In 1989, A&M released "The Best of Tim Curry" on CD and cassette, featuring songs from his albums (including a live version of "Alan") and a previously-unreleased song, a live cover version of "Simple Twist of Fate".
Curry toured America with his band through the late 1970s and the first half of the 1980s.
Curry's first full-time role was as part of the original London cast of the musical Hair in 1968. Here he first met Richard O'Brien, who went on to create his next full-time and perhaps still most famous role, that of Frank N. Furter in the Rocky Horror Show.
Originally Curry played the character with a German accent and envisioned him simply in a white labcoat with peroxide blonde hair, but the character evolved (mainly for comedy reasons) into the Queen's English-speaking, sly, drag-wearing mad scientist incarnation that carried over to the movie version and made Curry both a star and a cult figure. He continued to play the character in London and New York until 1978.
For many years, Curry was reluctant to talk about Rocky Horror, feeling that it was a trend that had gone too far and had detracted attention away from his later roles. However, in recent years he has been much more open about discussing the show and now recognises it as a "rite of passage" for many young people.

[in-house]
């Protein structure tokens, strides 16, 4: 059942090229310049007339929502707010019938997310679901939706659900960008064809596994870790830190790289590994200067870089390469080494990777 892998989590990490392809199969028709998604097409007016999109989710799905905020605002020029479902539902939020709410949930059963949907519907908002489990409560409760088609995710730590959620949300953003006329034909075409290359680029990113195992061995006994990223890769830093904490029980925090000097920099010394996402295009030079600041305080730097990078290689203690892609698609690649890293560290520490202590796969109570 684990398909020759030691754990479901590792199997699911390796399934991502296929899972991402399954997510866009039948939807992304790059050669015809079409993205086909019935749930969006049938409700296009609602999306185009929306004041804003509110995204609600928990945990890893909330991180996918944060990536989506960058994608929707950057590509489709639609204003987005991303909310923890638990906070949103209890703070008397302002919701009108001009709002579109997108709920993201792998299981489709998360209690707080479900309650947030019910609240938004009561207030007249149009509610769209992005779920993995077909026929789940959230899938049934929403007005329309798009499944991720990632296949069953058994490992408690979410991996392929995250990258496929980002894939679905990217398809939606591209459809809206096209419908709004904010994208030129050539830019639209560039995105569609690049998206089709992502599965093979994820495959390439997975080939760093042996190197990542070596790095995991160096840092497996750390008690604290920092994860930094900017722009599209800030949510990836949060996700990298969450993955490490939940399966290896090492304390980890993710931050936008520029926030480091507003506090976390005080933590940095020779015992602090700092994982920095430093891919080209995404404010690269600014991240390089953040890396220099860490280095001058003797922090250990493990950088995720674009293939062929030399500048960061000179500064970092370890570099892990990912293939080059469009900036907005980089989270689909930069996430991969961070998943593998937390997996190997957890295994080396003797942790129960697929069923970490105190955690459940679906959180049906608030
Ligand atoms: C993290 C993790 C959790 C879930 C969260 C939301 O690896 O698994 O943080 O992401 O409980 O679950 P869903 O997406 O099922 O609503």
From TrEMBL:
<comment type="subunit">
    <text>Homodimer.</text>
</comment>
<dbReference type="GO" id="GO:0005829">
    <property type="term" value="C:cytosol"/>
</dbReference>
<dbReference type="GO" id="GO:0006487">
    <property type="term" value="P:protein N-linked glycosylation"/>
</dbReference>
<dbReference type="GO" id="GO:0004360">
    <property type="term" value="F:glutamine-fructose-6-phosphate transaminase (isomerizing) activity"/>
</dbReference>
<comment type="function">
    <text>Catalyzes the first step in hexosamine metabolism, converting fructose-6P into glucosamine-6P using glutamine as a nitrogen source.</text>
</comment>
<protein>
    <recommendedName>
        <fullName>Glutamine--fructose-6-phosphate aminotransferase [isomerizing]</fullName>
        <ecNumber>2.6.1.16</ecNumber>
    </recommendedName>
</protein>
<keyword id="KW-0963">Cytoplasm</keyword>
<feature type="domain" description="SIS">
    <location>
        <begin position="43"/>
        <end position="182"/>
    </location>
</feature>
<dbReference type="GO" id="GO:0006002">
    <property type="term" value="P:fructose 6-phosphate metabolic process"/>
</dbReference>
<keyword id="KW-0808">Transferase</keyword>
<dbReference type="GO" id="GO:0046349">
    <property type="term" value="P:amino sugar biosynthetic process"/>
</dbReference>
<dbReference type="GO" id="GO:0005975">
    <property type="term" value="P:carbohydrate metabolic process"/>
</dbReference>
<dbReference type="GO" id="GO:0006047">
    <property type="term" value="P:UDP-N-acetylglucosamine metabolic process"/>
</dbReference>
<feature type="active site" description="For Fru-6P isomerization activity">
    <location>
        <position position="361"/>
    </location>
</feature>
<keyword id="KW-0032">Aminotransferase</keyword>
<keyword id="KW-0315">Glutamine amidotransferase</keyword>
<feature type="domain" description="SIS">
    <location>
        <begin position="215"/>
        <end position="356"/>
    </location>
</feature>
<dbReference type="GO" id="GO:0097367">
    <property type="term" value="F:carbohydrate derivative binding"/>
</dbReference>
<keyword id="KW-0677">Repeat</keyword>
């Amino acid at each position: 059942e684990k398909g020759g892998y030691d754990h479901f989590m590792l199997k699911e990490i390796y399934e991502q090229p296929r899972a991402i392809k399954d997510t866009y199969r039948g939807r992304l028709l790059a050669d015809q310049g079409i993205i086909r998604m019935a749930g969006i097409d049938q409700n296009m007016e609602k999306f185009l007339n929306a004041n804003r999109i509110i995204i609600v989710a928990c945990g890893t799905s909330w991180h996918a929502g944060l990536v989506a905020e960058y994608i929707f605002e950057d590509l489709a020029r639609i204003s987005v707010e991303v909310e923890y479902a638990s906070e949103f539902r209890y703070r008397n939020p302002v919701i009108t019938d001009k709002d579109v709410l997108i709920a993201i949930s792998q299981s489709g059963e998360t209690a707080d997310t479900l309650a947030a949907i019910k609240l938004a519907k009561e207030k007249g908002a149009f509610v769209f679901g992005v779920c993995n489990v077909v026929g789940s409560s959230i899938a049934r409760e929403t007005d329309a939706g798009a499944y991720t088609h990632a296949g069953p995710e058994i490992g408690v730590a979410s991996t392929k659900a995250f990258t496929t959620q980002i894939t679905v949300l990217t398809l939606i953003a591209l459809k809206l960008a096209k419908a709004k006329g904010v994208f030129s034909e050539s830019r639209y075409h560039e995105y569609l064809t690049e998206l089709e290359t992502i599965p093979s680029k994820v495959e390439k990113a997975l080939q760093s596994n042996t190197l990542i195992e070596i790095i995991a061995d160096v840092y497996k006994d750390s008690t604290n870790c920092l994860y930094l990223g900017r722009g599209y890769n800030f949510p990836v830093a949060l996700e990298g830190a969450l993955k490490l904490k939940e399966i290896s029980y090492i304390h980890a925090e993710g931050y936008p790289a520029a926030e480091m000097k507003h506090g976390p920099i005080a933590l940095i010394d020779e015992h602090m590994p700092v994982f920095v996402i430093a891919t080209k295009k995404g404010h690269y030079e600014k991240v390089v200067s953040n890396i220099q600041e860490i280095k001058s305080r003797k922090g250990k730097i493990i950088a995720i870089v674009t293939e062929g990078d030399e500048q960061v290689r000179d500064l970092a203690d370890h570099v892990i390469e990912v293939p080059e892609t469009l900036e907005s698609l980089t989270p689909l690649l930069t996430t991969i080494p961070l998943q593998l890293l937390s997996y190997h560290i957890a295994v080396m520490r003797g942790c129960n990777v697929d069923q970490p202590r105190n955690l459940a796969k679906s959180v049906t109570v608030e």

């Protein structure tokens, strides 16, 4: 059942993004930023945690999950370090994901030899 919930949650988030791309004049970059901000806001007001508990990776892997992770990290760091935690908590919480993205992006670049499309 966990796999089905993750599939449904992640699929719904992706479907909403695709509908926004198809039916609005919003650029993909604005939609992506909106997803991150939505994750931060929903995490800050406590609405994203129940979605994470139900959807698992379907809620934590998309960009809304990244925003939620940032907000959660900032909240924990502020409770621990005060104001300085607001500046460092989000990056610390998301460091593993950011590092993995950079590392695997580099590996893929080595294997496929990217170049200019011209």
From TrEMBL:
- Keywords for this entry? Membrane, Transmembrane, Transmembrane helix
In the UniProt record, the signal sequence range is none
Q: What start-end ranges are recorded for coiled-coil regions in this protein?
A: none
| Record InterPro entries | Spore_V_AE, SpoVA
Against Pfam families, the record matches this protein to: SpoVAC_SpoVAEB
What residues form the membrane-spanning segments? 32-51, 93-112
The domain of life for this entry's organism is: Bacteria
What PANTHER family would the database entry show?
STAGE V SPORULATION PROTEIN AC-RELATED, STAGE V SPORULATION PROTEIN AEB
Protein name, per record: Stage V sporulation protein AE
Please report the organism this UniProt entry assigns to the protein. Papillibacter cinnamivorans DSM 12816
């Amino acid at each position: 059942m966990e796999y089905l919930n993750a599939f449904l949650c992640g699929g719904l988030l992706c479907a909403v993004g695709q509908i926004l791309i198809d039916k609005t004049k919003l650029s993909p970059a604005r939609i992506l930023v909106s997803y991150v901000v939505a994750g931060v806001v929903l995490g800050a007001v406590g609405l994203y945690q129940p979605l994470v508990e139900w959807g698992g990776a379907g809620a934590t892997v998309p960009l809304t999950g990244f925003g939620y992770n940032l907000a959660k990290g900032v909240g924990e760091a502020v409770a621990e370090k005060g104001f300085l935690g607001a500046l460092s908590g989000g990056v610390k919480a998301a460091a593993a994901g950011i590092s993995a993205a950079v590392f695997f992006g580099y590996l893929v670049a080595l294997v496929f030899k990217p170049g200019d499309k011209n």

In 1979, Curry took the part of the Pirate King in a London stage version of The Pirates of Penzance opposite George Cole. The role is one of his favourites even now.
In 1981, he formed part of the original cast in the Broadway show Amadeus, playing the title character, Wolfgang Amadeus Mozart. He was nominated for his first Tony Award (Best Supporting Actor in a Play) for this role, but lost out to his co-star Sir Ian McKellen.
1993 saw him play Alan Swann in the Broadway musical My Favourite Year, earning him his second Tony Award nomination for Best Actor in a Musical.
In late 2004, he began to play King Arthur in Monty Python's Spamalot in Chicago, Illinois. The show transferred successfully to Broadway in February 2005. His part in the show got him his third and most recent Tony Award nomination, again for Best Actor in a Musical.
Movies and television
Curry's television movie credits are long and varied. Amongst his most notable roles are:
- Dr Frank N. Furter The Rocky Horror Picture Show (1975)
- Jerome K. Jerome in the BBC's TV movie "Three Men in a Boat"(1975)
- Has-been rock star Stevie Streeter in Rock Follies of '77 (1977)
- The disc jockey Johnny LaGuardia in Times Square (1980)
- One-time guest host on Saturday Night Live (1981)
- Larry Gormley in BBC's TV comedy Blue Money (1982)
- Rooster in the musical Annie (1982)
- Darkness in the film Legend (1985)
- Wadsworth the Butler in the film Clue (1985)
- The Grand Wizard in "The Worst Witch" (1986)
- Dr Thornton Poole the elocutionist in the film Oscar (1991)
- Pennywise the Dancing Clown in the miniseries It (based on the Stephen King novel) (1991)